Early life and family
Born in Erendred, Hungary, in 1917, he graduated from the University of Budapest in 1939. After immigrating to the United States, he began his studies at Yale University. He received a master of laws degree and doctorate from that institution in 1950 and 1955 respectively.
In 1957, Gorove married Margaret Beasley. They had four children: Katherine M. Gorove, Margaret C. Gorove, Stephen J. Gorove, and Michael A. Gorove.
Educator and Space Law Education Pioneer
At Yale and Georgetown Universities he held research positions before beginning his teaching career at New York University Law School in 1954. Upon leaving that position in 1954, he taught at the University of Denver until 1965, when he joined the faculty at the University of Mississippi as director of the graduate law program. From 1981-1998, Gorove was a professor of law at the University of Mississippi School of Law, and from 1989-1993, he was director of space studies and policy.
He developed the first regular space law course in American legal education, and built a core program at the University of Mississippi dealing with all aspects of space exploration. After the Moon landing in 1969, Gorove organized the first space law conference in North America on the Legal Implications of Man’s Landing on the Moon on the campus of the University of Mississippi. In 1973, he founded the world's first space law journal, the Journal of Space Law.As an advocate of a central entity to address legal problems in space, Gorove’s scholarship in international and space law became a cornerstone of the NASA-sponsored National Center for Remote Sensing, Air, and Space Law, which opened in the University of Mississippi School of Law in 2000.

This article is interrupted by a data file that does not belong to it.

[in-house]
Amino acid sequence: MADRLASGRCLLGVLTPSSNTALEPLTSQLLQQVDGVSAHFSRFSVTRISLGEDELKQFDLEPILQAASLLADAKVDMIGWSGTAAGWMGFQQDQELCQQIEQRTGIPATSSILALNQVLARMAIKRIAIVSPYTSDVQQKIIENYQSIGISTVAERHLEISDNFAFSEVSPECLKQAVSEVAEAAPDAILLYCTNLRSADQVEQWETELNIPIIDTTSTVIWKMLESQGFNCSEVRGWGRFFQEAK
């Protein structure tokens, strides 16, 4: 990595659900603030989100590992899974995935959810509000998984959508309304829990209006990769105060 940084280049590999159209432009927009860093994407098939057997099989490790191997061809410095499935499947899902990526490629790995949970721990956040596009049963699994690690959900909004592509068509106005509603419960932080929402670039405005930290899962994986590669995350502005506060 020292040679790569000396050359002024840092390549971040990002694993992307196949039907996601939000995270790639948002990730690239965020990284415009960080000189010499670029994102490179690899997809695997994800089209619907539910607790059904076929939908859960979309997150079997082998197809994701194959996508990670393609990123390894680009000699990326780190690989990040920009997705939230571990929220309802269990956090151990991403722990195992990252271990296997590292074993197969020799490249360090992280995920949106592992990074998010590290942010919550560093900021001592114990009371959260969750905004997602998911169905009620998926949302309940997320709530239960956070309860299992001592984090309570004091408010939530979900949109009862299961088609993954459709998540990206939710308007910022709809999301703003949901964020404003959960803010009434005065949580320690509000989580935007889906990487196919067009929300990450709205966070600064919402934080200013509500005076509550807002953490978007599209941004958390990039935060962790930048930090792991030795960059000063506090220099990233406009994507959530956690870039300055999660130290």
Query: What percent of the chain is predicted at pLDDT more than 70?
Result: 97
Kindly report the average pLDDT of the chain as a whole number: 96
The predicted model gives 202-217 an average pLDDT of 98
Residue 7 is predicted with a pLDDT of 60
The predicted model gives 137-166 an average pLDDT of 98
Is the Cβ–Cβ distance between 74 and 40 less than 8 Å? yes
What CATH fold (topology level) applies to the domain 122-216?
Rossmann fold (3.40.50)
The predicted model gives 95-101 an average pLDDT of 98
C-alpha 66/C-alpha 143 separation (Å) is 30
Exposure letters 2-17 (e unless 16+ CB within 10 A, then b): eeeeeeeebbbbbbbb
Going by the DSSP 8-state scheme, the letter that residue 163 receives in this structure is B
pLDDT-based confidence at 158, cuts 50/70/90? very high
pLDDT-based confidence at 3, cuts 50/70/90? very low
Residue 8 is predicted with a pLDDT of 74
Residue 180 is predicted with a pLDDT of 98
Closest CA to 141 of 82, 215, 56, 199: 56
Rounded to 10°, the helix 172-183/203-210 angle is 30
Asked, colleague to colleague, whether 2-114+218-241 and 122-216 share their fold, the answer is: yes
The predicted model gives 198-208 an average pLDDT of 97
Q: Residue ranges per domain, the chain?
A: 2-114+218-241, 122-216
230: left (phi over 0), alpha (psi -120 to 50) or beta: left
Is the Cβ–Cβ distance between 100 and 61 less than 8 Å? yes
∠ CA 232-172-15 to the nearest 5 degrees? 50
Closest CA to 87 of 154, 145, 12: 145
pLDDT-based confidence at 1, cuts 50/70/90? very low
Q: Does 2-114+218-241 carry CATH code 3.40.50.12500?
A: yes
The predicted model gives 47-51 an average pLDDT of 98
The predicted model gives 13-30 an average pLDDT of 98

He was a prolific lecturer around the world, he also served as a consultant to the Institute of Air and Space Law of McGill University.
Professional Service and Memberships
In 1958, Gorove addressed the first Space Law Congress at The Hague, and for many years, he represented the American Society of International Law before the United Nations Committee on the Peaceful Uses of Outer Space, and he was an active member of the International Astronautical Federation. In addition, he helped develop international treaties establishing jurisdictional boundaries and liability limits for space exploration and relevant issues, including effectuating regulations on NASA’s liability for property damage caused by falling space debris.
Gorove served the International Institute of Space Law as a vice-president.
A contributor to professional journals within his field, Gorove edited more than twenty books and was the author of Developments in Space Law: Issues and Policies (1991), United States Space Law: National and International Regulation (1982), and The Space Shuttle and the Law (1980).
Awards and Honors
The American Astronautical Society and the International Institute of Space Law honored Gorove with distinguished service awards. In 1977, the World Congress of the International Astronautical Federation gave Gorove a testimonial for his contributions to the development of Space Law.
In 1998, the University of Mississippi named their chapter of the International Law Society the Stephen Gorove Society of International Law in his honor.